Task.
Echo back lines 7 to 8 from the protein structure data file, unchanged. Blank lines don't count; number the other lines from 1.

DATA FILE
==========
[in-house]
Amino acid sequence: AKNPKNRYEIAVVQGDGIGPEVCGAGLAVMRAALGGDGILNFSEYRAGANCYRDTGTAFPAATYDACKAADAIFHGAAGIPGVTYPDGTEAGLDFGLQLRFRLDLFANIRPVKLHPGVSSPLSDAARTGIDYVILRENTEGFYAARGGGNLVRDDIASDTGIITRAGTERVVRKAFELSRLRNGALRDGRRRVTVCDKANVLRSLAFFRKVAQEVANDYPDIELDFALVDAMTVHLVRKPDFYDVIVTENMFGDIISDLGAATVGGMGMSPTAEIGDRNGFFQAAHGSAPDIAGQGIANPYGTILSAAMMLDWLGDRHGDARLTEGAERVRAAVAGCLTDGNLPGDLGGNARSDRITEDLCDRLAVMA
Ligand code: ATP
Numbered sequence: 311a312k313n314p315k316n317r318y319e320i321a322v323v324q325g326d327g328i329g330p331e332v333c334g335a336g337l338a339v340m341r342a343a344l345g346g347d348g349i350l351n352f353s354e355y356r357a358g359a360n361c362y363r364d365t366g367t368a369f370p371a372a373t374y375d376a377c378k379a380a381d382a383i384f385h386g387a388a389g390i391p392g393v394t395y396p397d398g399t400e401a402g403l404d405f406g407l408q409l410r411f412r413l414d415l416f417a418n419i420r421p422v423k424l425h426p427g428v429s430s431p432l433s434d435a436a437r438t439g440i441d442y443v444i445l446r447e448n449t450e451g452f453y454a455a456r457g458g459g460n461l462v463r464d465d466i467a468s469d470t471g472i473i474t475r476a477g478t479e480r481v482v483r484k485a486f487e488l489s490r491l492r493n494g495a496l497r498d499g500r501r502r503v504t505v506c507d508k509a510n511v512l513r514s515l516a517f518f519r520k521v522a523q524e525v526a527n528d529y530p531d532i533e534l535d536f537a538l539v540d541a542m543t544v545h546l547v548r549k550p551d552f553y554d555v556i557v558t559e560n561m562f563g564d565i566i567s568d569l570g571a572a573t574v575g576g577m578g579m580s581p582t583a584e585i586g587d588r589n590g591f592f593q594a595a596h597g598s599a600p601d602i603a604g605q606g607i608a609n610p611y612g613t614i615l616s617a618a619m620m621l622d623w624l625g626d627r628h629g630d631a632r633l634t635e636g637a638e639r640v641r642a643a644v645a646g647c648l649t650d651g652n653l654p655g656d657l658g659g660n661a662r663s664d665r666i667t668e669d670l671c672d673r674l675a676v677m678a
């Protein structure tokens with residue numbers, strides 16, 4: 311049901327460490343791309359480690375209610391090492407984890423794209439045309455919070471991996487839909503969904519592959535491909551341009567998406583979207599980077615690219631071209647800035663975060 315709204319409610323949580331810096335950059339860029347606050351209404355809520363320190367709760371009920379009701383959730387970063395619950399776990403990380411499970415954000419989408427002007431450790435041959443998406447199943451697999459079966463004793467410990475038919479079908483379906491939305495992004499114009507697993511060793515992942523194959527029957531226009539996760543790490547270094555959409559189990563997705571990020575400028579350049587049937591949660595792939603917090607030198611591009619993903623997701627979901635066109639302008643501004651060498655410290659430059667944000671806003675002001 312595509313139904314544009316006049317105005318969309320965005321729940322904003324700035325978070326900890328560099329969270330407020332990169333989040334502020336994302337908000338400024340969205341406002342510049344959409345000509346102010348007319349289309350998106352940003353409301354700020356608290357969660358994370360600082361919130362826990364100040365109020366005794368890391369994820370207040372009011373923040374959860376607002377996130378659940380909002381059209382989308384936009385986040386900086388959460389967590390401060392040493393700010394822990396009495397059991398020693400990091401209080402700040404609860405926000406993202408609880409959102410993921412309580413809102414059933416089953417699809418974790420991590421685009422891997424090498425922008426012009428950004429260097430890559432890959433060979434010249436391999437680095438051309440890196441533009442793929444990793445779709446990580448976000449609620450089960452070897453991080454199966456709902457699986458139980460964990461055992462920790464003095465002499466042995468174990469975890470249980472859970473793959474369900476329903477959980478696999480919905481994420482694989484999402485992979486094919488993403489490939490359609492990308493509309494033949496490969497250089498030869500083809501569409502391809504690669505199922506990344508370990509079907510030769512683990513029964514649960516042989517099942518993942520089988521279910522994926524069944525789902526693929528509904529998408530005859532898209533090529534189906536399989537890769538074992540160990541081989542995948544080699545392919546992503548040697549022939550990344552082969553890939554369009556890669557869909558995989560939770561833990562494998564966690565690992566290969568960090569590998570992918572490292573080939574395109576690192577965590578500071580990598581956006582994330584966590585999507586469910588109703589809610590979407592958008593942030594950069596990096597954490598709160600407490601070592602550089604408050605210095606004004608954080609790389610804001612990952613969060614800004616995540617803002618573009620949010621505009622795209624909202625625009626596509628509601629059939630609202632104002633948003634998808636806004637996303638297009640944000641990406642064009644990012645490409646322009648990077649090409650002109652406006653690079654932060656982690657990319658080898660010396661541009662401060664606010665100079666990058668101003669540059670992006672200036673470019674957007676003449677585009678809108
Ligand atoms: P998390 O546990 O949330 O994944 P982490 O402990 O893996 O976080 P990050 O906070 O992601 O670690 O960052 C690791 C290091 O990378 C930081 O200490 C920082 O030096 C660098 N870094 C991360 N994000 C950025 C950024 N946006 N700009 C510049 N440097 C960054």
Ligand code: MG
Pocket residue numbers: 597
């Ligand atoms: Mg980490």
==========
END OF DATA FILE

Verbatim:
Ligand code: MG
Pocket residue numbers: 597